books, Knitting Pattern, library, love, wool
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kept in the loop

I was really pleased to hear this week that there will be another In The Loop conference next year. I attended INL 3.5 last year in Shetland and it was hugely enjoyable and immensely inspirational.

For those of you who are not aware of In The Loop then you also may be unaware of the Knitting Reference Library at the University of Southhampton, who organise the conferences. The events offer an opportunity to look at knitting and crochet from a wide amount of approaches and many of the speakers – artists, knitters, academics, designers, etc – have conduted their research using the amazing collections at the Knitting Reference Library.

Deryn Relph at INL3.5

Deryn Relph at INL3.5, Shetland Museum and Archives.

The library’s catalogue includes the published collections of Richard Rutt, Montse Stanley and Jane Waller – which take the form of  books, exhibition catalogues, knitting patterns, journals and magazines –  as well as knitted items. The library also holds copies of contemporary knitting pattern books, designs and stich dicitonaries.

The earliest items in the collection are from the 1840s and comprise of Victorian knitting manuals from the collection of Richard Rutt. These are available to view online and I must admit I can fall into a bit of a hole looking at them. If you haven’t seen them before, do have a look at them; in particular Jane Gaugain’s Lady’s Assistant and other knitting manuals.  Mrs Jane Gaugain was an Edinburgh knitter, who owned a haberdashery on George Street. She was writing and working at a time where knitting was beginning to move away from necessity for income, to something one did for pleasure. Kate Davies wrote a brilliant essay on her for Twist Collective and you should read to find out more about this fascinating knit pioneer.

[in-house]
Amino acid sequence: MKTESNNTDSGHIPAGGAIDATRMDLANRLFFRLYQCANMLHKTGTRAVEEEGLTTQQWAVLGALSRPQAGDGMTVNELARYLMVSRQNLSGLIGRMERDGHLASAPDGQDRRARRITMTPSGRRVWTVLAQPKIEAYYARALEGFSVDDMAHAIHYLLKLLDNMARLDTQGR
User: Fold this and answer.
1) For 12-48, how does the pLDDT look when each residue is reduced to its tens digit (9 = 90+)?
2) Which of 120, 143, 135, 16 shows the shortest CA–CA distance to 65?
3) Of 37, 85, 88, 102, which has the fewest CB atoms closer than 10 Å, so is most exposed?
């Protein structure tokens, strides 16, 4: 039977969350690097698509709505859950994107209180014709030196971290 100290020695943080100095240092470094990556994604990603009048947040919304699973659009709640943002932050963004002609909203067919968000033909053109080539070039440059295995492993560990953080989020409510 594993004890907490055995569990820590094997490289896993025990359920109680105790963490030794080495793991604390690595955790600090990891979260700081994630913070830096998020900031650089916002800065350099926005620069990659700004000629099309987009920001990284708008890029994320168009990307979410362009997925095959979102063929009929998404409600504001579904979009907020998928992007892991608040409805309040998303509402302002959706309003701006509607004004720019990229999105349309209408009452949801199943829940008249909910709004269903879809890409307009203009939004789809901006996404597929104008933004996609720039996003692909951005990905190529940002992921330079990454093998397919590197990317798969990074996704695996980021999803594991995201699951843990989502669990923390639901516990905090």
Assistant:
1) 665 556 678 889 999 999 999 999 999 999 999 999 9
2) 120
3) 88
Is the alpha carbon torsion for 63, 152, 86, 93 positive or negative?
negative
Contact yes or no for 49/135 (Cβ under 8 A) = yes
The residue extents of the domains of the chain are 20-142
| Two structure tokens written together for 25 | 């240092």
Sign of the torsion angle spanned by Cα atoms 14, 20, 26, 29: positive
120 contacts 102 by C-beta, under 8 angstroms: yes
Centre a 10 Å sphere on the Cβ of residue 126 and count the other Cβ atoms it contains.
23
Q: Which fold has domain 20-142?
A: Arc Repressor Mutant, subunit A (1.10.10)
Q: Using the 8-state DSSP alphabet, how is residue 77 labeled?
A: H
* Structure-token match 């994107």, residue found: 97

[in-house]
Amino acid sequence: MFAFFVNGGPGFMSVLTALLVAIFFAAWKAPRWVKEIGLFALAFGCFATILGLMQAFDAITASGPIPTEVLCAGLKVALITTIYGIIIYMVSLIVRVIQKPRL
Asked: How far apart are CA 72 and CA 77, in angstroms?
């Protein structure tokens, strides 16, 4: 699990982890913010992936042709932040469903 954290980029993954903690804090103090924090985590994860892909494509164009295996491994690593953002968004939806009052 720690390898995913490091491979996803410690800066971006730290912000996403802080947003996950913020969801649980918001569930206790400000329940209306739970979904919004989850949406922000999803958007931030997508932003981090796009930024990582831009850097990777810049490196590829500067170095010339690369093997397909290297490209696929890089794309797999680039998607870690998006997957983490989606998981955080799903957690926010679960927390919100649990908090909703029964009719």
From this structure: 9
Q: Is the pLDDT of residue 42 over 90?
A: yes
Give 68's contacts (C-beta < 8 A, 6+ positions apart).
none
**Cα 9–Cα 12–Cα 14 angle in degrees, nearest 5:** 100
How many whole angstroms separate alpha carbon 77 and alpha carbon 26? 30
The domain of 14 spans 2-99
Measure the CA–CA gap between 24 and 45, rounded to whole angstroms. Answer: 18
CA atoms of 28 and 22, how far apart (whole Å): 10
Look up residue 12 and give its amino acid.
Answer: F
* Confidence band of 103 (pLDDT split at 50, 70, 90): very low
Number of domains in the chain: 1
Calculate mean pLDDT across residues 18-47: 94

Instructions in the knitting manuals can range from the very simple, written out in sentence form, while in later manuals patterns take more of a familiar shape – I urge you to have a wee look if you are interested at all in knitting history. My favourite thing about these books are not really the patterns, but the prefaces and the ideas surrounding knitting and textile work of the time.

Untitled

In The Loop 4 is proposed for August 2o15 in Glasgow and you can be sure I will be eager to attend! Do sign up for the Knitting Reference Library mailing list to keep yourselves in the loop.

3 Comments

  1. I love the Knitting Reference Library but I didn’t know about the conference. I may have to try and find a way of making it next year it sounds like a very worthwhile trip.

  2. Cathie says

    The patterns are so fasinating, I’ve just finished my version on the Tam O’shanta in The book of hats and caps by Elliot,M from 1890 I added colourwork as I thought that I’m sure there would have been some that added their own creative twist. It’s going to be used in a display then already has a very excited owner to be. I love to imagine women from then making their hats from the same instructions although I did cheat and use a circular needle I don’t think I could have managed that many stitches on DPNs!

    • louise says

      What a brilliant sounding project! But it’s not cheating, it’s just slightly modernising!

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